Correspondingly, if the leasehold estate is not registered, the incumbrances, for example, a legal charge that might prevent the determination has to be withdrawn, cancelled, or discharged, and the right documentation lodged to achieve this (Gardner, 2014 p.778). Moreover, if there is a Form A restriction on the registered leasehold title or on the registered reversinary title, it will be dificult to know the registered leasehold by merger. Conversely, determination can only happen if there is enough evidence showing that the applicant holds all the properties on the same trusts ('LAND REGISTRATION CHANGES' 2004, p.62). In the same way, in case the leasehold property or the reversionary estate are not registered and that there is an indication of trust, there must be a satisfactory lodged evidence showing that the applicant holds the property on an equal trusts.

Moreover, if there is a Form A restriction in the registered leasehold title, and that the lease is being established by surrender, the surrender becomes a disposition for the restiction purposes ('Land registration: unilateral notices' 2014, p.15). If the capital monetary comes from a premium that is paid by the land owner to the person to whom lease is offered to and that the surrender is by a sole registered proprietor, the is controlled by the conditions of the restriction and the registered leasehold title must remain open. Besides, other incumbrances, for example, the subjective easements and restrictive covenats will always be carried forward to any registered reversionary title, unless already they have already elaborately repeated on the title.  Finally, Ruth may have to sue Gareth for failing to disclose all the leases and the involment of his sister in the ownership of the land and the propeties on it. On the other hand, the court may charge Gareth for the breach of the contact.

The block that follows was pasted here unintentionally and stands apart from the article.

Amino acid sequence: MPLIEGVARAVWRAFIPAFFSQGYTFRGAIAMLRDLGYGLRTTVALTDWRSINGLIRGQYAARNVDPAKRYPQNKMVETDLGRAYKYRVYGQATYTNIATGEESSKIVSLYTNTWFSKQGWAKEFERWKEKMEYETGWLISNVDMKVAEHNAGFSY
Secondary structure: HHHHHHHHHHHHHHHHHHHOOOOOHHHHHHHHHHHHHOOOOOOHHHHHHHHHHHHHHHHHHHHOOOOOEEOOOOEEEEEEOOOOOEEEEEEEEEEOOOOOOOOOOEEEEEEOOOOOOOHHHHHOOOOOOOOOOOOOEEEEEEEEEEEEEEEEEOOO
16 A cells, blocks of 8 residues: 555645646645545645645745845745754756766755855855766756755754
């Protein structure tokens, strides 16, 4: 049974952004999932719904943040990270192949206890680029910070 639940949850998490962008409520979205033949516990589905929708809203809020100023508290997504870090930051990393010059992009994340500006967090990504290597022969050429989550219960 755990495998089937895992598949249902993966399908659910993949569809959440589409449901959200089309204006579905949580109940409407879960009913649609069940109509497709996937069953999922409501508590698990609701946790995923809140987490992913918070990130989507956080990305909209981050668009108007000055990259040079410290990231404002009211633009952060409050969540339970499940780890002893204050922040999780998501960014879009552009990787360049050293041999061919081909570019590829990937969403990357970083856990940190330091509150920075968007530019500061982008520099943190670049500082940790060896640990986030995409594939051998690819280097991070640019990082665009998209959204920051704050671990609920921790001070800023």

References
Cooper, S, & Lees, E 2017, 'Interests, Powers and Mere Equities in Modern Land Law', Oxford Journal Of Legal Studies, 37, 2, pp. 435-460.

Editor's Introduction: Questioning the Commons: Power, Equity, and the Meaning of Ownership' 2016, American Journal Of Economics & Sociology, 75, 2, pp. 265-288.

Gardner, S 2014, 'The Land Registration Act 2002 - the Show on the Road', Modern Law Review, 77, 5, pp. 763-779.

HAIRE, B 2016, 'Isyour land lease fair? Time to renegotiate?',Southeast Farm Press, pp. 24-25

Jackson, N 2006, 'Overreaching In Registered Land Law', Modern Law Review, 69, 2, pp. 214-241

'Land Registration Changes' 2004, Caterer & Hotelkeeper, 193, 4319, p. 62.

'Land registration: unilateral notices' 2014, EG: Estates Gazette, p. 15.

Lees, E 2013, 'Title by Registration: Rectification, Indemnity and Mistake and the Land Registration Act 2002', Modern Law Review, 76, 1, pp. 62-82.

Sampson, J 2016, 'Estoppel and the land registration ACT 2002', Cambridge Law Journal, 75, 1, pp. 21-24

Satsangi, M 2009, 'Community Land Ownership, Housing and Sustainable Rural Communities', Planning Practice & Research, 24, 2, pp. 251-262.

Thomson, H 2016, 'Rural Grievances, Landholding Inequality, and Civil Conflict', International Studies Quarterly, 60, 3, pp. 511-519.

Verkuyten, M, Sierksma, J, &Martinovic, B 2015, 'First Arrival and Collective Land Ownership: How Children Reason About Who Owns the Land', Social Development, 24, 4, pp. 868-882.